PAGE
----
My Over-Watered Snake Plant Needs Help

Snake plants, also called mother-in-law's tongue, are slow-growing, drought-tolerant plants that can thrive in almost any condition but over watering. Their thick, wavy leaves that stand upright in variegated masses lose water slowly and don't require frequent replenishing. Over watering is a common mistake made by well-meaning houseplant owners that can cause oxygen deprivation and root rot.

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The snake plant is named for its undulating leaves, similar to a snake's shape.

Results of Over Watering

Soil has pockets of air that contain oxygen essential for normal root function. Without oxygen, a plant's roots will die and eventually, so will the rest of the plant. When soil becomes saturated with water, oxygen is pushed to the surface and is no longer available to the roots. Too much water sitting in the bottom of a pot can also cause roots to soften and make them susceptible to infection by soilborne fungi and bacteria. These pathogens eat away at the root tissue, restricting the amount of water available to the rest of the plant.

The Right Pot

Containers are an important part of houseplant irrigation. A container without drainage holes not only allows water to sit in the pot, but it prevents salts and other potentially harmful minerals from being flushed out. Drainage holes are critical for a healthy snake plant. The material a pot is made from is also important. Plastic pots or glazed ceramic pots retain moisture longer than unglazed ceramic pots do. Plants sensitive to over watering may fare better in a ceramic pot than a plastic pot.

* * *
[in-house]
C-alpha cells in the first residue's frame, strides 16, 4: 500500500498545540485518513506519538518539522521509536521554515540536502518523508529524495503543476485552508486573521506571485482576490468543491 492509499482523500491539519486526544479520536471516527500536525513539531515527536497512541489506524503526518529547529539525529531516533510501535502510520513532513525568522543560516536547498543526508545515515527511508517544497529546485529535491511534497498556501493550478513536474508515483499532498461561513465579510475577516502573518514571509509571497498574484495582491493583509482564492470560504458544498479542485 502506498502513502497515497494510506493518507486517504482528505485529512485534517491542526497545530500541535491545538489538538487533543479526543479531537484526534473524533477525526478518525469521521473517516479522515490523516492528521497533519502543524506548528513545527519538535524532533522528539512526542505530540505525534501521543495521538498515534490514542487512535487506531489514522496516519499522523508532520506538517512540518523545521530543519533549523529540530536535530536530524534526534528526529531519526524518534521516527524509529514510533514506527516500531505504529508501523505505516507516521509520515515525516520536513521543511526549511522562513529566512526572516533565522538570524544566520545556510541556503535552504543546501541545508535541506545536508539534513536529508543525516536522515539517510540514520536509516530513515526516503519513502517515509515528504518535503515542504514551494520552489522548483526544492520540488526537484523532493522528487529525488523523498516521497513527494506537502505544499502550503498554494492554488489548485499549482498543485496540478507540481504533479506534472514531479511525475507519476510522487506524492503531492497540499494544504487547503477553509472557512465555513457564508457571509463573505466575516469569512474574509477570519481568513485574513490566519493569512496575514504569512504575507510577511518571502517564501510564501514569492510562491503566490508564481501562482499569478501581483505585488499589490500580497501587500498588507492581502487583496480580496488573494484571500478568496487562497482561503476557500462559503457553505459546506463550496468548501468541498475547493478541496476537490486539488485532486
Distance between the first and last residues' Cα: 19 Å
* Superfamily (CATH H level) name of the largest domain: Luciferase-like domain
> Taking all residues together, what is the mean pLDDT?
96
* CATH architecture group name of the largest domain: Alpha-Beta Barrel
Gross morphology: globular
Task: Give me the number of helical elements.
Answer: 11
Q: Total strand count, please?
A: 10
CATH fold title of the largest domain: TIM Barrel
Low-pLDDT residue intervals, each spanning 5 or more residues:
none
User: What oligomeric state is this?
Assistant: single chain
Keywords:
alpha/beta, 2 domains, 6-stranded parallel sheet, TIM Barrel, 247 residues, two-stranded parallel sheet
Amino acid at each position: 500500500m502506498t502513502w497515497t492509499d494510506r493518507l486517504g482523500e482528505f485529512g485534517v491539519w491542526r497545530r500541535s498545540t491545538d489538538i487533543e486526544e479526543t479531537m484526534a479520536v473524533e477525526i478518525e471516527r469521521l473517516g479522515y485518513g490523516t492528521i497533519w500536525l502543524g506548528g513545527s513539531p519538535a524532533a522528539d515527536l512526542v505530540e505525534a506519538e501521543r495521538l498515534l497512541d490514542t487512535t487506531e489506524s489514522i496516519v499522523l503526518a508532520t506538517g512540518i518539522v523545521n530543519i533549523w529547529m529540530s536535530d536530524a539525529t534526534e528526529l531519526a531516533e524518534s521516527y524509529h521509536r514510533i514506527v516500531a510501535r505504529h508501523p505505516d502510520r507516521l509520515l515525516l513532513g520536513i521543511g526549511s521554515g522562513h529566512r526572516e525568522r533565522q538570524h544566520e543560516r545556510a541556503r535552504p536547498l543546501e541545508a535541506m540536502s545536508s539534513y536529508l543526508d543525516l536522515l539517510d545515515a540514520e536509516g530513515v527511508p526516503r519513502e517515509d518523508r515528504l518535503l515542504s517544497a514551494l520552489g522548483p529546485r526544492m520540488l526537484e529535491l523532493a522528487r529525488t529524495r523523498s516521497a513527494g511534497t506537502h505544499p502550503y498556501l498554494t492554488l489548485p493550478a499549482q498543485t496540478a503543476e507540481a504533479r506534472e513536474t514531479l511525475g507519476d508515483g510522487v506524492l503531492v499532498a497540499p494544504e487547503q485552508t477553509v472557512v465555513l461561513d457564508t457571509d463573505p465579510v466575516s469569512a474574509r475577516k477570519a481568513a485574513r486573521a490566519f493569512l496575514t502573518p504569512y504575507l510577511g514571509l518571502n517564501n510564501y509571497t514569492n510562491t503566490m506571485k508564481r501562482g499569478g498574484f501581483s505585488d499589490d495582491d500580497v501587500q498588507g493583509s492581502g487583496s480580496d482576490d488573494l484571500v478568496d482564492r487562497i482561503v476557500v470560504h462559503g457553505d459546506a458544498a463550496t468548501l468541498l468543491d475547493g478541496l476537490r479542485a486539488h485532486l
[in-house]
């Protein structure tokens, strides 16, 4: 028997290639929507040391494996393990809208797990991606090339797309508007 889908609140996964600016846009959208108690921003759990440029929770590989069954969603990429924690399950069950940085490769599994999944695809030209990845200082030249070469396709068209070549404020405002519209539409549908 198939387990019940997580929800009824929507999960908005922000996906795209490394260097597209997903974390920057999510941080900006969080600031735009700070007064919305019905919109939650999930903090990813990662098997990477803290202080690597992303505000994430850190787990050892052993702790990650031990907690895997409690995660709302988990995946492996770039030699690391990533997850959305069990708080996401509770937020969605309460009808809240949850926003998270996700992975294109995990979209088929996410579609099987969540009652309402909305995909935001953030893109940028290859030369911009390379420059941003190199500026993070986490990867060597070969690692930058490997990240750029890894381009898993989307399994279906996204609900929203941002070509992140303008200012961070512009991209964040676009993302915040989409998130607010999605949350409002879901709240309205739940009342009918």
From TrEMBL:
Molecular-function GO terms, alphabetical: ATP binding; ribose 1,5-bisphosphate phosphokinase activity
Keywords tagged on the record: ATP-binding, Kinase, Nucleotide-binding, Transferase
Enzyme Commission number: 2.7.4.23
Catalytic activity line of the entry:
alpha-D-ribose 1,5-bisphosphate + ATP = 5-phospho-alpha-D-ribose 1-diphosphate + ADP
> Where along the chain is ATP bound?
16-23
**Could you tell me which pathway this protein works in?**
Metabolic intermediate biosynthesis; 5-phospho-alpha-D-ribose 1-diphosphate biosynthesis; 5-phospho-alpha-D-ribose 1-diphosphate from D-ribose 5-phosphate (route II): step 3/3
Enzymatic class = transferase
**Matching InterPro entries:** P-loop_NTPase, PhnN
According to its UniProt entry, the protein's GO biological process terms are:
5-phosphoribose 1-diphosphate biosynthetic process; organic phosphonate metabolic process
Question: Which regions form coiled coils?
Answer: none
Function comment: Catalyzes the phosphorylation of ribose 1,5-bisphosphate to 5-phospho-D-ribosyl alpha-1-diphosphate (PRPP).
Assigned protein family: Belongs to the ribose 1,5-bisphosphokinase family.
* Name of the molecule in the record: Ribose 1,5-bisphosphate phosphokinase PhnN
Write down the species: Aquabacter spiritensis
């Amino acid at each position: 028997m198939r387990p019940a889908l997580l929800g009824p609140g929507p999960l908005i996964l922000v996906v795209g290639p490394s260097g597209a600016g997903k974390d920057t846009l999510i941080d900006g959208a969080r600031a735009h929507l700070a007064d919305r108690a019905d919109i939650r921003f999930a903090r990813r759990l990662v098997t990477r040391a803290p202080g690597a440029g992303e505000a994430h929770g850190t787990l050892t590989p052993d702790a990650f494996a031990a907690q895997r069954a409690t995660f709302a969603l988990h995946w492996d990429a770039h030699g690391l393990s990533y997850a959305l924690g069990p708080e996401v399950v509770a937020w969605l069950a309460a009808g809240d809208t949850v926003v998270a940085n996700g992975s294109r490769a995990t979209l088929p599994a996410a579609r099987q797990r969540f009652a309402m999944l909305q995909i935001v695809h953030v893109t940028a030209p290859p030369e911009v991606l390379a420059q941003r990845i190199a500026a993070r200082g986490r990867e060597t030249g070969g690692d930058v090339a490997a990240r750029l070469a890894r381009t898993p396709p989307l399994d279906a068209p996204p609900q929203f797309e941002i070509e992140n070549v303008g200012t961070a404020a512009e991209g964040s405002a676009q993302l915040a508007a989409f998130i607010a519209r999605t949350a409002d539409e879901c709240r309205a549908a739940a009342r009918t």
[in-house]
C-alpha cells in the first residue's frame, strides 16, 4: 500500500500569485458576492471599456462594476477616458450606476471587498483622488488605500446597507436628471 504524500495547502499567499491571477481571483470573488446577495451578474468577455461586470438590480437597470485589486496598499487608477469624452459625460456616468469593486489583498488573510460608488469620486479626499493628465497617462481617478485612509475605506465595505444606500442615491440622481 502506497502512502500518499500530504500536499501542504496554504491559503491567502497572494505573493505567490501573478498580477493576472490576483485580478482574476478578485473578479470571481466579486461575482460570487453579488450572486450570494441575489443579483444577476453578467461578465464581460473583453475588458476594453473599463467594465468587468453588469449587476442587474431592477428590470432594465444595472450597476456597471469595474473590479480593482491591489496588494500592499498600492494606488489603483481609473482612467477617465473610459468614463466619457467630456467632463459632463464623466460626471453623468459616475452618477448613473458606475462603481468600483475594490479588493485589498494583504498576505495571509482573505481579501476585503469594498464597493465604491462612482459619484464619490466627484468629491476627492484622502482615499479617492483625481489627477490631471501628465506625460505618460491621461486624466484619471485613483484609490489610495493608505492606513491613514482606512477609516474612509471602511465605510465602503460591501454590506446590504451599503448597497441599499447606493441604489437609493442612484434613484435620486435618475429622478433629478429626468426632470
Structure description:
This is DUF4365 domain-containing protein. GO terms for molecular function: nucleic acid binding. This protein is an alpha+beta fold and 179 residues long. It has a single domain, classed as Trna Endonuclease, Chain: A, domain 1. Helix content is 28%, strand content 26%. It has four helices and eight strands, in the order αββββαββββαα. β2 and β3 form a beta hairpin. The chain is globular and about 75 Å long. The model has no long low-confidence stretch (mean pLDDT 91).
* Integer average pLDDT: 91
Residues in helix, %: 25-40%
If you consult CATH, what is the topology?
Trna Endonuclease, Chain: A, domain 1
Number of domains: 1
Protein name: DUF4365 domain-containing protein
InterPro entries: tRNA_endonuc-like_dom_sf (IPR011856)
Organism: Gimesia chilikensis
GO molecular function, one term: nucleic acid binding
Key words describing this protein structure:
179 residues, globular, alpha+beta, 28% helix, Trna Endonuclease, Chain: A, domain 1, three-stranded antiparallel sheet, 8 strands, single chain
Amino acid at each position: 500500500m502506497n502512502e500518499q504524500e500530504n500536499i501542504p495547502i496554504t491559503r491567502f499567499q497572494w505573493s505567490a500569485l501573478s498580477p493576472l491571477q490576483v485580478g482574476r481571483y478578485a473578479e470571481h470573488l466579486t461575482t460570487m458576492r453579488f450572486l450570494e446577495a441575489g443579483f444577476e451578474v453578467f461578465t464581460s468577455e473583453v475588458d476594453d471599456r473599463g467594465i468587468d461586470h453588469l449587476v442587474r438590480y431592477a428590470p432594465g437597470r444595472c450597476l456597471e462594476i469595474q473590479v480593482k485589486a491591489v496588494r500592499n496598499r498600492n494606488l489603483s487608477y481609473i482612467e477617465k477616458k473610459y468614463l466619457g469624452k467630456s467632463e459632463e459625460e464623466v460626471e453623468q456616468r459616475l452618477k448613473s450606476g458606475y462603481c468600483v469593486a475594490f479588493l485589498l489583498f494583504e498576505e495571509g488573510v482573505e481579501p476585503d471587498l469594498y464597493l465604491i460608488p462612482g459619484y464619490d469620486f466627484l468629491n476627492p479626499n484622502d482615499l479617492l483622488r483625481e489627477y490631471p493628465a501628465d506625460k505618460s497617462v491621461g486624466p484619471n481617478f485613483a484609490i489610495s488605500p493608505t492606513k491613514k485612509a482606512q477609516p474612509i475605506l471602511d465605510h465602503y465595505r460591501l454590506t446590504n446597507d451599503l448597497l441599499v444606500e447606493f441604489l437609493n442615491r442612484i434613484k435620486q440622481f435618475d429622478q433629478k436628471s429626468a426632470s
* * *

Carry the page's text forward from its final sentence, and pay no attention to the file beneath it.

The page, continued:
Dry It Out

If you have over watered your snake plant, the first step is to pour off any water standing in the top of the container and in the drainage dish. Allow the plant to dry out until at least half of the potting medium is dry. Don't let the soil get so dry it separates from the container, however. If symptoms like yellowing leaves and wilting improve, you can resume a normal watering schedule. Water thoroughly, empty any water standing in the drainage dish after an hour or so and water again when the top 2 inches of the soil are dry.

Correcting Root Rot

Your snake plant may have root rot if you let it dry out and it is still wilted and off color. Check the roots by gently lifting the plant out of its container. If half to all of the roots are brown and mushy, just discard the plant. It is too far gone to save. Otherwise, use clean scissors and cut the roots off above the brown, mushy sections. Leave as much of the healthy root intact as possible. Repot the plant in a new pot with a drainage dish. Use new potting medium at a mixture of three parts peat to one part potting soil. Water thoroughly, discard any water left in the drainage dish after about an hour and only water again when the top 2 inches of soil are dry.